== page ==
Tom Harding has held a number of senior Treasury department positions at several Fortune 500 companies and brings a wealth of knowledge and experience in wrestling with some of the most important corporate finance and capital structure issues of the day. He recently sat down with us to discuss his outlook on the prevailing topics facing Corporate America right now.  

Question: A highly publicized debate in the corporate world in recent years has been on the merits of share repurchases. Some, such as Larry Fink, have argued that the increase in share repurchases has been a misallocation of capital which has come at the expense of long term investment. Others, including Warren Buffett, have been more supportive of shareholder returns and have viewed equity buybacks as highly practical in certain situations. How do you think about this topic, and more broadly what considerations do corporates have when prioritizing capital deployment?

Answer: Well nothing like starting me off with a tough question.  As I sit here today, I can really relate a little more to the notion that there has been excessive pressure to return capital to shareholders.  I have always tried to put significant analytical rigor around capital deployment decisions in order to have the right balance as well as priorities.  The issue is one of timing where the public markets and more often activist investors really don’t allow management to maintain high cash positions that would otherwise be earmarked for growth and acquisition opportunities that are not readily visible today.  The public markets and sell-side analyst community really grew accustomed to a pace of share repurchases that can be difficult to deviate from once they have been conditioned to receive a certain percentage of available free cash flow.

Q: Interesting. What other dynamics do you see from the public equity markets such as the need to meet the pressures of quarterly EPS guidance?

A: I have definitely been fascinated by the continued cycle of industry consolidation followed by break-ups which I believe is a result of how companies are being valued by the market.  One of the biggest examples today is in the media sector where we have seen those that strive to have both content and distribution businesses versus others who have chosen to be more pure play.

Q: Building off this, how does capital deployment and overall strategy decisions influence capital structure decision making?

A: Well it really starts with the debt/equity mix and the ability to raise capital throughout the cycle.  Access to the public debt markets even during times of stress is an important factor for larger companies.  As a result, setting leverage at an appropriate level for the business while attaining investment grade ratings remain the typical guideposts.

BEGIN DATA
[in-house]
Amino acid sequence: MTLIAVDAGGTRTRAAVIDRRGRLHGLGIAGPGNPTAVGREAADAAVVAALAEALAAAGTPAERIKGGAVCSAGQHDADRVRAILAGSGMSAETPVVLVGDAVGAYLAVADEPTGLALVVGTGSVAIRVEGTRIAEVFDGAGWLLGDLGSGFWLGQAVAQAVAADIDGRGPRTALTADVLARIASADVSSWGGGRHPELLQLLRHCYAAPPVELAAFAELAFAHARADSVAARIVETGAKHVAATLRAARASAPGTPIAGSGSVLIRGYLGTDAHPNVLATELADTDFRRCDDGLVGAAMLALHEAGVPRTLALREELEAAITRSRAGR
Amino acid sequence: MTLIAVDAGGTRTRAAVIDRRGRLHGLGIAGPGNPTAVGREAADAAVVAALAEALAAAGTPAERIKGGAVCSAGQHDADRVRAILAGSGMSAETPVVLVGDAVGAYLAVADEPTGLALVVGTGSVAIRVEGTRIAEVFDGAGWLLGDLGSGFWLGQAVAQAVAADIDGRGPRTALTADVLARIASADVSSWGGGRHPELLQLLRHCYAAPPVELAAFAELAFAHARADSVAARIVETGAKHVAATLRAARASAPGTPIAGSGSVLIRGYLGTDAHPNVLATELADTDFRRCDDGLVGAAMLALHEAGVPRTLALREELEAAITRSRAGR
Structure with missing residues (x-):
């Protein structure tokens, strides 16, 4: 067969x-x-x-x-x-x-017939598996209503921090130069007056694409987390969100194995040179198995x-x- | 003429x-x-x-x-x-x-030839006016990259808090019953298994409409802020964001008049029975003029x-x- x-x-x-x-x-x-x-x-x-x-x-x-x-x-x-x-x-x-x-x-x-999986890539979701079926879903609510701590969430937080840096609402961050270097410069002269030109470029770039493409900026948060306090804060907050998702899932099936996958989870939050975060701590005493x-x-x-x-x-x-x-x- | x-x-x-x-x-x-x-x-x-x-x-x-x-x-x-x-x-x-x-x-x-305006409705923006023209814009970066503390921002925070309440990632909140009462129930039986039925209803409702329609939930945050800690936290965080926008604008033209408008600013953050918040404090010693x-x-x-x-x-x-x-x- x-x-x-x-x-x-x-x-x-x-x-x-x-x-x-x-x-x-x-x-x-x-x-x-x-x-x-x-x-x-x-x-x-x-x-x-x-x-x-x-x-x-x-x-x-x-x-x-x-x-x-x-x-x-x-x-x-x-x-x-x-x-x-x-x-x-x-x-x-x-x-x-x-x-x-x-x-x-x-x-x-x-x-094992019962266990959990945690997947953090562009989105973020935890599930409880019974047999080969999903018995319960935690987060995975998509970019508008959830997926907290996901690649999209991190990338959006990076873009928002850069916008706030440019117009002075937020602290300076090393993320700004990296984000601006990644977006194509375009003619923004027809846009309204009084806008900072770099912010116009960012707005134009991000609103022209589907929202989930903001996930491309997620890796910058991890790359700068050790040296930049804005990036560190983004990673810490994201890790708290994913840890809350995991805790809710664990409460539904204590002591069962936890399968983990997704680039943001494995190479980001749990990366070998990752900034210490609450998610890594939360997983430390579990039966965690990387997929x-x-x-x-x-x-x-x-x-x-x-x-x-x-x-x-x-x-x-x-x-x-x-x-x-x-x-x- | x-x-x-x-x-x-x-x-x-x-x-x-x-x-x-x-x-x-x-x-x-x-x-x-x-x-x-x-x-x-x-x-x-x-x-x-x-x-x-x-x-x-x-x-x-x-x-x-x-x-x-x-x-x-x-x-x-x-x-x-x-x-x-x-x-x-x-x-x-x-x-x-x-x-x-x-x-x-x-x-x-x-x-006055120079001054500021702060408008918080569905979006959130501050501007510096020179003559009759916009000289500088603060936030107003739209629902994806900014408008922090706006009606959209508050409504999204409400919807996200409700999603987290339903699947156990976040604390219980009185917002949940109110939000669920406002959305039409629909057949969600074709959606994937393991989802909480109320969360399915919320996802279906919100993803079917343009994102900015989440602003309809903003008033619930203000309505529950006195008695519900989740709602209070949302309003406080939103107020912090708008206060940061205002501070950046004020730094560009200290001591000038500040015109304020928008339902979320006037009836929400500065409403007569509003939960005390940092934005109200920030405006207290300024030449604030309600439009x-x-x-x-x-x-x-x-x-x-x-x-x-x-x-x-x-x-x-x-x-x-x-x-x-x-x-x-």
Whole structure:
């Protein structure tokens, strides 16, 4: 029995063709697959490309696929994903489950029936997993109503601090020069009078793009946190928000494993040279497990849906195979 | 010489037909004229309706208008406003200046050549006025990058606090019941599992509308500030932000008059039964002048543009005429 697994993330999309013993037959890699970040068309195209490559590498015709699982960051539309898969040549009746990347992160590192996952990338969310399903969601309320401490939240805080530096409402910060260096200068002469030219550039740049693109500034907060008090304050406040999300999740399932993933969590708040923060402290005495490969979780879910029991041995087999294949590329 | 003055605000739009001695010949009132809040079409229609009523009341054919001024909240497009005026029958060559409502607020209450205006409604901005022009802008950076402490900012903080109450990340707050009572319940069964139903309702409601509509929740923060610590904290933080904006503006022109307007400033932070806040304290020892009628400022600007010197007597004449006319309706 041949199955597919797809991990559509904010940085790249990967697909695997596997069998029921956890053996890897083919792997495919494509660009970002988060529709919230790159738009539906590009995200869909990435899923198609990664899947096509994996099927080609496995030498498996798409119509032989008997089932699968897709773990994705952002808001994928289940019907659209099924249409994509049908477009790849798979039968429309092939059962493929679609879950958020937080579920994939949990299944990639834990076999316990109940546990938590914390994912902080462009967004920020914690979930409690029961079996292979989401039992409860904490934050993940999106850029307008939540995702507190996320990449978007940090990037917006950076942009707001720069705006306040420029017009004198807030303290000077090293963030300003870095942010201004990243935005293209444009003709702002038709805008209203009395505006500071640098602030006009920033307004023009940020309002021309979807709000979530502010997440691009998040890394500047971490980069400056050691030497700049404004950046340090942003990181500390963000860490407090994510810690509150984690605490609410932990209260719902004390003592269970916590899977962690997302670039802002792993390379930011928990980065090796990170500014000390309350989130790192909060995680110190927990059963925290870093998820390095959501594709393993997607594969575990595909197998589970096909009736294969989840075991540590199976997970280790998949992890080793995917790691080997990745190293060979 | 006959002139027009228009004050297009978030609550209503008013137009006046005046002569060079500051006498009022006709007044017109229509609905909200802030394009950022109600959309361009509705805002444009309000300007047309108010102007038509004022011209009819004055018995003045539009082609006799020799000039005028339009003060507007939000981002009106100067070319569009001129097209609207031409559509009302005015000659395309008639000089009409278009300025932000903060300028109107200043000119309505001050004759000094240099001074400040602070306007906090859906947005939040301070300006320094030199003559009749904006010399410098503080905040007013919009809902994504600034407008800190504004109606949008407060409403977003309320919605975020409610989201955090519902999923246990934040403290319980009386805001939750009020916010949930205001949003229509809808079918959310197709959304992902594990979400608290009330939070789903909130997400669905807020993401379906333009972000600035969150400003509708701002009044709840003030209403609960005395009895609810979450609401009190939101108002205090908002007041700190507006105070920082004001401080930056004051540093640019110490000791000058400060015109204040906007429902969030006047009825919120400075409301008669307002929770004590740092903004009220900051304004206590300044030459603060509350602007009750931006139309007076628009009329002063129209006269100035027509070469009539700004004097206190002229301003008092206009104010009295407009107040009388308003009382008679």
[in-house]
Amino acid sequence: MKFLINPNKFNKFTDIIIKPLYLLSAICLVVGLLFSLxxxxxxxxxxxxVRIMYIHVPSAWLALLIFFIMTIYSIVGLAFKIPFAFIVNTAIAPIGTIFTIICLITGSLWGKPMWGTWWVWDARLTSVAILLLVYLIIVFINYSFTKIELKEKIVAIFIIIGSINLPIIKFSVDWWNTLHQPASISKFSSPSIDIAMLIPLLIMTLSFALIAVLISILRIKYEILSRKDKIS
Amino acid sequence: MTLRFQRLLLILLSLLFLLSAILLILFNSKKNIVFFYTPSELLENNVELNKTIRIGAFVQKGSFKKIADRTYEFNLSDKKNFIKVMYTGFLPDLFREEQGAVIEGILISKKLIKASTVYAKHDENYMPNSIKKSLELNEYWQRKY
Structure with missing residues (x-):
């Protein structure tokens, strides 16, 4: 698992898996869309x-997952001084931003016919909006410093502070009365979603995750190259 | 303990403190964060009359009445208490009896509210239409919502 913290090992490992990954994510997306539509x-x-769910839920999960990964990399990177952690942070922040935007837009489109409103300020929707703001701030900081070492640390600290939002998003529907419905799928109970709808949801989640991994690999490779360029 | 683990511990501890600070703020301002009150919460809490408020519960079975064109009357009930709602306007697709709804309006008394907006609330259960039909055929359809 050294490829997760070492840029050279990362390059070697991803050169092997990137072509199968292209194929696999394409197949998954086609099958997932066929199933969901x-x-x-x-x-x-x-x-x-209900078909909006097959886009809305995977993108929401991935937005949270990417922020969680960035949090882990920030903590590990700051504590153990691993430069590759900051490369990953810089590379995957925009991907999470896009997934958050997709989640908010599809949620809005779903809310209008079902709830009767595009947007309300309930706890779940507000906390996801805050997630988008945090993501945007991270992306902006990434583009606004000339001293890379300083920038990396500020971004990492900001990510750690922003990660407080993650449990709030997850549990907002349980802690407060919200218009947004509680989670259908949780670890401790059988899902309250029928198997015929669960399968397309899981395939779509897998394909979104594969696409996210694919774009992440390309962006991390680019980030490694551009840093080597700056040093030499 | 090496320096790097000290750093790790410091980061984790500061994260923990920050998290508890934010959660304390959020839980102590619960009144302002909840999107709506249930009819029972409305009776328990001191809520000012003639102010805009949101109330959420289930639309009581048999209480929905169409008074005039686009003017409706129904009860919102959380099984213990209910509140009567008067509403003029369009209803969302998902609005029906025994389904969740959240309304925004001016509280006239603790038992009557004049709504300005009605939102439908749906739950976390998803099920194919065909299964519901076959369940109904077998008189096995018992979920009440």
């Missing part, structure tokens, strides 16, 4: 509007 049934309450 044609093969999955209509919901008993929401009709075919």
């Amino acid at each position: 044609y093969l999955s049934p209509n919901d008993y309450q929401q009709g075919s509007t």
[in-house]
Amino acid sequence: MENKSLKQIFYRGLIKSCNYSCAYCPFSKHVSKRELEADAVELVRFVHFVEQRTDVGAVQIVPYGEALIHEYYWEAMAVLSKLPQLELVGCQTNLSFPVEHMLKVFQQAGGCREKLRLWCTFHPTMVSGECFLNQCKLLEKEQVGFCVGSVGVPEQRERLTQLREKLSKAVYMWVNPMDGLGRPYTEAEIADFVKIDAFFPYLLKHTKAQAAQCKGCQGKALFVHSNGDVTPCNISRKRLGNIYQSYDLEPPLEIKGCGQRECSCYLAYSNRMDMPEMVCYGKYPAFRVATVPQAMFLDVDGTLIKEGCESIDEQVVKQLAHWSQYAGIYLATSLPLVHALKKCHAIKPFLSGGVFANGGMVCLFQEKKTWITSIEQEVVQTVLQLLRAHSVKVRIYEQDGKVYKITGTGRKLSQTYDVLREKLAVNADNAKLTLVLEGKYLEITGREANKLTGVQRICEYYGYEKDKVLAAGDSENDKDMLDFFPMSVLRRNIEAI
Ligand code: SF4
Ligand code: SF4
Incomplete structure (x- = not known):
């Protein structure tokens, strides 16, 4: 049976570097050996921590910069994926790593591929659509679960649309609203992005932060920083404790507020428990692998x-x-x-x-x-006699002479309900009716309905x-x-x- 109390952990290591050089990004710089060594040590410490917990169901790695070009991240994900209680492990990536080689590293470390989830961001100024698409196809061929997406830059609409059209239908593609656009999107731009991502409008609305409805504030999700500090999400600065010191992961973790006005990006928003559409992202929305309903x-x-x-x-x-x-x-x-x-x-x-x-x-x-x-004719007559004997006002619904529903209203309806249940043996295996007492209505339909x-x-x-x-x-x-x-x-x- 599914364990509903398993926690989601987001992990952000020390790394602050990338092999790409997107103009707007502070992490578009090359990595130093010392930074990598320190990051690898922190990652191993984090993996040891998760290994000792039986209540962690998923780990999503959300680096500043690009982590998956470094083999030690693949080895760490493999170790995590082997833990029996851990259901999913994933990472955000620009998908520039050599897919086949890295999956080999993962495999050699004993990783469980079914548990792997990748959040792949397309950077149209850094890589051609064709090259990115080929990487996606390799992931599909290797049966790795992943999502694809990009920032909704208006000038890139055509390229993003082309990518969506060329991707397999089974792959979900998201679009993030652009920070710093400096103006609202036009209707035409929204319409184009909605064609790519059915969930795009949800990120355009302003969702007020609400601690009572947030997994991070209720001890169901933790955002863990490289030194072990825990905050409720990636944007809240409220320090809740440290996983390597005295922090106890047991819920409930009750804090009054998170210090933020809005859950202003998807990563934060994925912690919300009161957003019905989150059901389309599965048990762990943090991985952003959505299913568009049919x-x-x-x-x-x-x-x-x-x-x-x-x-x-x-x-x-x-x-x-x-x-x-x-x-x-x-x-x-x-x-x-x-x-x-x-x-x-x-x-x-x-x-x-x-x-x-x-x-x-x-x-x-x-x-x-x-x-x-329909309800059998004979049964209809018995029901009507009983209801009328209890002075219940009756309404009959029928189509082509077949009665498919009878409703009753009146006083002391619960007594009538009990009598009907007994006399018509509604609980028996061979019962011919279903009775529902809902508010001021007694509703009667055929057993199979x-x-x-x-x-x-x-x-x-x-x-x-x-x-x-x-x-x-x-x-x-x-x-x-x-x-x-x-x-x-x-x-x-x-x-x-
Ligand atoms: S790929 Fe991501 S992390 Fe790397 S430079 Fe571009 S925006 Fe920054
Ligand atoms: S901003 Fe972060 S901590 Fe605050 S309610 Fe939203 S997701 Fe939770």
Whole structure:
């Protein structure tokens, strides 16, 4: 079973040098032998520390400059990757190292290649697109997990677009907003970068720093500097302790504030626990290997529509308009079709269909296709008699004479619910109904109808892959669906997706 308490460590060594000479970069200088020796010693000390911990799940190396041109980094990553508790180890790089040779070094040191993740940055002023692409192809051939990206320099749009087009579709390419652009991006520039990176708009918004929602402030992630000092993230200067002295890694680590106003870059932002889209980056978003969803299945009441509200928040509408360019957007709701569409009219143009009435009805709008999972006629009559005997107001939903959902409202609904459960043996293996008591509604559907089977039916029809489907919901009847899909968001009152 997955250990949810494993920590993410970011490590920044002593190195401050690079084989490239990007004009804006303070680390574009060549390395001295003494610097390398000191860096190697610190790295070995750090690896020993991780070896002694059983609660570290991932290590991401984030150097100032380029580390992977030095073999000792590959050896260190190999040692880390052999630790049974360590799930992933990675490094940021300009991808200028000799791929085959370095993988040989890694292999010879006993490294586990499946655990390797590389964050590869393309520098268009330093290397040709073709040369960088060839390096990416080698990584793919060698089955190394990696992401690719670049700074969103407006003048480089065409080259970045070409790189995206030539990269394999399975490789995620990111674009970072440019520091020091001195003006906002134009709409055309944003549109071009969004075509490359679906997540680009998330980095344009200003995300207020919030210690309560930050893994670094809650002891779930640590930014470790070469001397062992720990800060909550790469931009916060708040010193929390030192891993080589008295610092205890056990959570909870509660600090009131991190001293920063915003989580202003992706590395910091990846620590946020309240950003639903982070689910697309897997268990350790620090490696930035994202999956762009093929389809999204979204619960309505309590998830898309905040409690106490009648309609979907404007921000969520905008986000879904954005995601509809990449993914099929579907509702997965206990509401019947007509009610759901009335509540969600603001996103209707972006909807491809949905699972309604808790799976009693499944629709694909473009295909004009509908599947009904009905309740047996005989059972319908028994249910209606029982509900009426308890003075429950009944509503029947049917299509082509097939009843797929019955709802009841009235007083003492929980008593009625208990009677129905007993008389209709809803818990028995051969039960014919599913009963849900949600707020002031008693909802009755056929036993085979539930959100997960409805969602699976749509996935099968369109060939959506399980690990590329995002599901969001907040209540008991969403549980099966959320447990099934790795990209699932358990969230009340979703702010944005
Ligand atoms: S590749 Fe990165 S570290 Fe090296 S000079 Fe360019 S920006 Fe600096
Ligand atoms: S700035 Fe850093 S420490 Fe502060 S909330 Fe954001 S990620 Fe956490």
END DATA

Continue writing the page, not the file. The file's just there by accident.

Q: I know that the rating agencies have become a very critical constituency for corporates.  How do you think about and manage rating agency relationships?

A:  I always felt the key to the relationship was to treat them as company insiders.  Therefore, making sure that they never get surprised by any corporate action or operating / earnings performance issue is critical.  The key  is steady dialogue with periodic deep dives on not only the high level strategy, but a willingness to share granular detail around how budgets are developing as well.

Q: This question may be a little self-serving, but in the vein of relationship management how do you think about banks?

A: Since I identified access to capital as the most critical building block for the capital structure of the company, it won’t come as a surprise that bank relationships are critical.  For me, it’s all about relationships and the level of trust that is develops over time.  It is during times of stress that these relationships are built and it has to be a two-way street.  For example, standing with a bank and maintaining deposits with them and other various services when they were under pressure was paid back to my organization during our own times of stress and during the 2008 crisis when capital became more dear to banks. 

Q:  I would be remiss if I did not ask about the current changing political landscape.  How much does a corporate modify capital deployment or strategic M&A when there is the type of uncertainty on issues like regulation and taxes?

A: I do think some organizations get “lost in worry” or suffer from a case of analysis followed by paralysis.  Again, my philosophy has always been to avoid overcomplicating matters.  Treasury and finance is there to serve the strategic business initiatives of the company.  In business it can be easy to worry and sit and wait, but in my experience you can really lose out on good opportunities if you try to inhibit those who are charged with running the business.  Don’t get me wrong, if I was at a company that had significant international cash balances that could be repatriated under this reform it would be a big factor in my decision making.  Relatedly, if I had a large financing requirement I would be extremely thoughtful on the duration of my issuance given the potential for change in deductibility of interest expense.

 

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